06 June 2010


I am recycling my own material because I know somewhere, at some point, I have written about seasons. The seasons of my own life. The seasons of our grief.

But really, the older I get, the more true I find that the seasons of grief matter.

All of us will experience grief in our lifetime.

Short of locking ourselves into a closet and living in pure isolation, we will all experience grief in its rawest form.

But what we choose to do with that grief, how we choose to manage it, where we choose to hold it in our bodies, is all part of our own decision-making process.

But here is the amazing and beautiful thing about grief:

If we allow ourselves to step inside of it and experience it fully, we will come out on the other side, better. Period.

I choose to believe then that this is one of the many gifts our dead leave behind for us. It is not something to come to lightly. And in fact, it is really never helpful or useful to tell this to someone else, especially when they are in the early stages of grief. But I do think it's true.

And it has taken me a long, seven years of my own processing to come to this conclusion.

Stay with me.

Grace died in June, 2003.

I fell into a hole of utter despair and chaos.

I couldn't parent my living children.
I couldn't take care of myself.
I couldn't function as a wife.
Thank god at the time, I didn't have to function as an employee.
I walked around for the first year as what I now come to believe as the living dead. I was for all intents and purposes dead.
I didn't make for good company. Trust me.
I shut down. I went numb.
I questioned every single thing around me.
I cursed.
For the first time in my life, I struggled with depression, anxiety, PTSD--things that I thought only happened to "other" people.

But during this time, miraculous things were happening around me:

Other people picked up my children and parented them.
People came into my home and cleaned toilets and vacuumed rugs. (I can't for the life of me remember who they were.)
Someone appeared in my life (who I've never seen since) and handed me the name of her therapist who helped her after her child died.
I called the number, and even though she had a full client schedule, this therapist took me in.
Weekly, I appeared on her doorstep, curled up in a ball, and somehow, over time, she helped unfurl me.
Don't be fooled. I am not fully unfurled, not even seven years later.
She still allows me to appear on her doorstep.
I have followed her from one office to another across town.
I have uncovered more ugly and dark places in my life.

These are more of Grace's gifts.

Over time, I have discovered that unconditional love really does exist.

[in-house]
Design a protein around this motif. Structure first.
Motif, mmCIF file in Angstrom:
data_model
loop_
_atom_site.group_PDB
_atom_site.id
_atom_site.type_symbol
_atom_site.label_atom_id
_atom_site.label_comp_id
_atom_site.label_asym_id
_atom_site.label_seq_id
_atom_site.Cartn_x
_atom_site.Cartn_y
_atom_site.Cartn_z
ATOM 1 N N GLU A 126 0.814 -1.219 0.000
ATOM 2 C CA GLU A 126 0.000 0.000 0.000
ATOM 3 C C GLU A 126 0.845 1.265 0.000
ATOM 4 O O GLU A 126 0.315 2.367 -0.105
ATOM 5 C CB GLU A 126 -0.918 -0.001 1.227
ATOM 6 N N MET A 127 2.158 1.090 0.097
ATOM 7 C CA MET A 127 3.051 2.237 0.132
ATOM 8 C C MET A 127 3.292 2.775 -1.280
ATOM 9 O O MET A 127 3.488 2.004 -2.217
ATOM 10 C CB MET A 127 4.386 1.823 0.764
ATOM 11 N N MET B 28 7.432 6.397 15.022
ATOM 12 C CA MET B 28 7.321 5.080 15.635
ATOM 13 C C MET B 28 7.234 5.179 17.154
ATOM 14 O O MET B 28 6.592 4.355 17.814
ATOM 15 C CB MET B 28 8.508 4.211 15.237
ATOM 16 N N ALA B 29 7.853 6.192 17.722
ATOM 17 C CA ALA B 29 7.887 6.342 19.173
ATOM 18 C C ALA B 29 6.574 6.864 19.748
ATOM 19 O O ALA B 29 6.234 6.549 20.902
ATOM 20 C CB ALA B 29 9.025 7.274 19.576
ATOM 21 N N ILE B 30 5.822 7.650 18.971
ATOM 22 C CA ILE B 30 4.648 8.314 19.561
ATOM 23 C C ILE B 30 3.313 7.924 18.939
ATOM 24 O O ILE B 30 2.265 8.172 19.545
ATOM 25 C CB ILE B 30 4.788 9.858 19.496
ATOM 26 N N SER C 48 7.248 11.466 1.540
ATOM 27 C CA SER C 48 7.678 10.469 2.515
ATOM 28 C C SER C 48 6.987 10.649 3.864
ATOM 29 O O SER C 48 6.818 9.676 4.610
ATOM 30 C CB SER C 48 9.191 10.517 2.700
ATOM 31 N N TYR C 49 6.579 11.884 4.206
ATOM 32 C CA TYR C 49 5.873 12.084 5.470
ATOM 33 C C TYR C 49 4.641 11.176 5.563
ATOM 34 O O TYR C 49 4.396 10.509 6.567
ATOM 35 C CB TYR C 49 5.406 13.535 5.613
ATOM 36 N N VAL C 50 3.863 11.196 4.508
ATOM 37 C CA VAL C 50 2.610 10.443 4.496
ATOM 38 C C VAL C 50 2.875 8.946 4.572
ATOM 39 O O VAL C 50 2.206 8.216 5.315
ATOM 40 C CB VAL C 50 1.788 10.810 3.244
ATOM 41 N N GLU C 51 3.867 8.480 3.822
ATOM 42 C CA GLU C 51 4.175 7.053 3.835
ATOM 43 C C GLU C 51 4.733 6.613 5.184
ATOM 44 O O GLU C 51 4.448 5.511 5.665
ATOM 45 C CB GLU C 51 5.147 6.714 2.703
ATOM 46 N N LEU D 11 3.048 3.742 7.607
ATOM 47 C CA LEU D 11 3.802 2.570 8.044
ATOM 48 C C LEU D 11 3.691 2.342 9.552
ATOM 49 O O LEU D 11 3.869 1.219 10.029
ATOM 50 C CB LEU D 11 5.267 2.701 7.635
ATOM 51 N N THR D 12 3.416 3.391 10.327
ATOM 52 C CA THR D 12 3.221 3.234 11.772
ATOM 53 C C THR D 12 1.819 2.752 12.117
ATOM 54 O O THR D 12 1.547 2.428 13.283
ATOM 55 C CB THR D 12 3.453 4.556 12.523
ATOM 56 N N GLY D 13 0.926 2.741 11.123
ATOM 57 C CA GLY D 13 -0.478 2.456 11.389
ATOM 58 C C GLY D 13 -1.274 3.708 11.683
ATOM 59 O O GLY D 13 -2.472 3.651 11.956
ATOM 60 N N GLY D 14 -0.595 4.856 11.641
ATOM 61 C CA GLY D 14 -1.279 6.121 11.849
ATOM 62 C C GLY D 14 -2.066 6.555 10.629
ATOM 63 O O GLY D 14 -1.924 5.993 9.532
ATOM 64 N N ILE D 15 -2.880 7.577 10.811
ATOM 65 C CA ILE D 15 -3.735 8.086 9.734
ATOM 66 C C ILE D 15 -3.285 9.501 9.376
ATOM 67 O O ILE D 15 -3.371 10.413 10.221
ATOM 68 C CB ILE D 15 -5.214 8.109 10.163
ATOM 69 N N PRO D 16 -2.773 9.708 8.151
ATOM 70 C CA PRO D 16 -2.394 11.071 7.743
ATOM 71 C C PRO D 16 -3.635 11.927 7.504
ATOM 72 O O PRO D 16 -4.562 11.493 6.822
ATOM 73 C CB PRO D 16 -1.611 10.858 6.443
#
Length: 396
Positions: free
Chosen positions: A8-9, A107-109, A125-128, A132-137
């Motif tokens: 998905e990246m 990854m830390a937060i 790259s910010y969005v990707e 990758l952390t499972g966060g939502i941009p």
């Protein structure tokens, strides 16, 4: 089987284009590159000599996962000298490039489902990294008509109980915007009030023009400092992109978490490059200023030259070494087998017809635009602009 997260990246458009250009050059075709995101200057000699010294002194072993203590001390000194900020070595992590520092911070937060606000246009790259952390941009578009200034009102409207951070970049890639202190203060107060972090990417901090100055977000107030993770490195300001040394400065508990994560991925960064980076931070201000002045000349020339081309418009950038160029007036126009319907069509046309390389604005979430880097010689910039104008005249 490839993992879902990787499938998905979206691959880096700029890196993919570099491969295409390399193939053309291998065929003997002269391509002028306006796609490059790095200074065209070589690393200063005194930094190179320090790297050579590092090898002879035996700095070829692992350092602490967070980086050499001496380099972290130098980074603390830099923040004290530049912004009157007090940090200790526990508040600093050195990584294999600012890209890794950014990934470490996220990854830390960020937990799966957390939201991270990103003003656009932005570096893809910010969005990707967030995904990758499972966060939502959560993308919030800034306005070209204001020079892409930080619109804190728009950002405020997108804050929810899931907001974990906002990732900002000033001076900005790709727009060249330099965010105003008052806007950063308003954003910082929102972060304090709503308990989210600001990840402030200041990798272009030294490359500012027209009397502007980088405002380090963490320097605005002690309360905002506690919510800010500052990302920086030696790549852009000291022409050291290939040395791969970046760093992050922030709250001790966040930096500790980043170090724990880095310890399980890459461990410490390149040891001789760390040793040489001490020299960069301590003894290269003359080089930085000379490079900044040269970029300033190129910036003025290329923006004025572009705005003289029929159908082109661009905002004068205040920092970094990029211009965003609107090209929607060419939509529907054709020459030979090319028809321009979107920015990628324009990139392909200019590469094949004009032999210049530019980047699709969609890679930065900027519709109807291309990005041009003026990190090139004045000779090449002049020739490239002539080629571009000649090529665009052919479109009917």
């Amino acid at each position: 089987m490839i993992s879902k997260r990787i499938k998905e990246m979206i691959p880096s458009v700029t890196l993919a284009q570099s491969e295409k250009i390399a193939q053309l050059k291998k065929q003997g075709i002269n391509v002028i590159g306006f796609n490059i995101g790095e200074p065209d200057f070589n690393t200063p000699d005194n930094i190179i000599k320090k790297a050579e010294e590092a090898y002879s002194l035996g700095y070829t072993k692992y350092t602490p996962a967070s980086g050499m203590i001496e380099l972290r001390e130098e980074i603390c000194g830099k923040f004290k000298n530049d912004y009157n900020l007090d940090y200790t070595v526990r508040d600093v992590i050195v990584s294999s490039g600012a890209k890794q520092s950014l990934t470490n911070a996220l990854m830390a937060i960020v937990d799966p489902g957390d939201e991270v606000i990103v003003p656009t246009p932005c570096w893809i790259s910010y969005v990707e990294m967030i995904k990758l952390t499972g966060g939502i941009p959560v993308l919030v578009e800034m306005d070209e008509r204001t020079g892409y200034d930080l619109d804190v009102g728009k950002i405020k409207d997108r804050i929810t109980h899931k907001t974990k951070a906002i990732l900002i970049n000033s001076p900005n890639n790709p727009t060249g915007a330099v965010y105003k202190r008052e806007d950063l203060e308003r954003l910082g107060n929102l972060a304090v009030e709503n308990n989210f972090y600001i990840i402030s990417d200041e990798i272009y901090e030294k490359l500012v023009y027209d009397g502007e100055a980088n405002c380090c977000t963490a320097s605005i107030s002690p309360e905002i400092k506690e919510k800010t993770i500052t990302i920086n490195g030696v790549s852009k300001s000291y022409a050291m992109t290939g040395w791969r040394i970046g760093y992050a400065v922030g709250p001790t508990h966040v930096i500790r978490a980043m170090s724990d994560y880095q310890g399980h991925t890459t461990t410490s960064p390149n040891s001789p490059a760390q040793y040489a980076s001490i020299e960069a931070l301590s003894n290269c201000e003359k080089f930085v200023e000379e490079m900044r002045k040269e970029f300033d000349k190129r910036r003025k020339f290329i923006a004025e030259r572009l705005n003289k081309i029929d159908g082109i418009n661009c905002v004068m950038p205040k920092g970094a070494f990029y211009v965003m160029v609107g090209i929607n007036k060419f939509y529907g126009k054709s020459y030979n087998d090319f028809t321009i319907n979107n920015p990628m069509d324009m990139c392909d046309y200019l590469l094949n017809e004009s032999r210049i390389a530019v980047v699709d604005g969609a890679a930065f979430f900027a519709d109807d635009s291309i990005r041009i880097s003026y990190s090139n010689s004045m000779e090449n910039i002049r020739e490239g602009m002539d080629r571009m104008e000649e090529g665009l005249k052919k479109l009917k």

I have met other women, other families, who have experienced the tragedy of losing their children.
They share their stories with me fully present, heart-wrenchingly painful.
I listen.
I am awed by their courage.

There is not a week (hardly a day) that goes by without Grace presenting herself to me.

She is fully present in my life and in the life of my family.

A teacher this year told me how she witnessed my daughter consoling another student after the death of this student's father. My nine-year-old daughter was telling a class filled with students that sometimes people just die, and we don't know why. My daughter has become the most compassionate among us. She told the class about her sister, and how sometimes we still feel sad.

Grace is present in our lives.

My four-year-old a few days ago talked about his older sister Grace. It is strange to hear him say "older" sister when she died three years before he was born. When she died at birth and he, at four-years-old, is saying older sister.

Grace is present in our lives.

People have gone out of our lives, weary perhaps of the grief we carry.

But more people have come into our lives.

These are some of Grace's gifts.

They are, I recognize, gifts I would give up in a moment to hold Grace again, to see her take a breath, to watch her grow. I would become, in a heartbeat, my old, broken worn self once again to see her sitting up and looking around a room with wonderment.

But I can't.

And so I find her gifts daily all about me.

There is a heart-shaped planter on my porch this time of year filled with flowers. It is made out of a tree trunk. A group of friends soon after Grace died brought it to our house and filled it with flowers and placed it on our porch.

Last night, my four-year-old and I filled it with this seasons flowers. Yellow and red and blue and white flowers. He delighted in the dirt that filled the trunk, in the water he spilled over the heart, in the flowers that were still miraculously alive and growing taller today.

Grace remains present in all the seasons of our lives, and my grief remains tucked into the crevasses of my body. Sometimes, the grief appears wild and unruly and surprising.

But much of the time now it appears in the form of love.

I choose to believe Grace still matters.

I choose to believe that Grace remains present in our lives.

I choose to believe that she continues to make a difference.

I am still unfurling myself. It is a process that may take the rest of my life. I am willing to take the time I need to do that. And I will keep Grace at the center of that process.

Grace is present in our lives.

Our lives are filled with love.

Grace is love.

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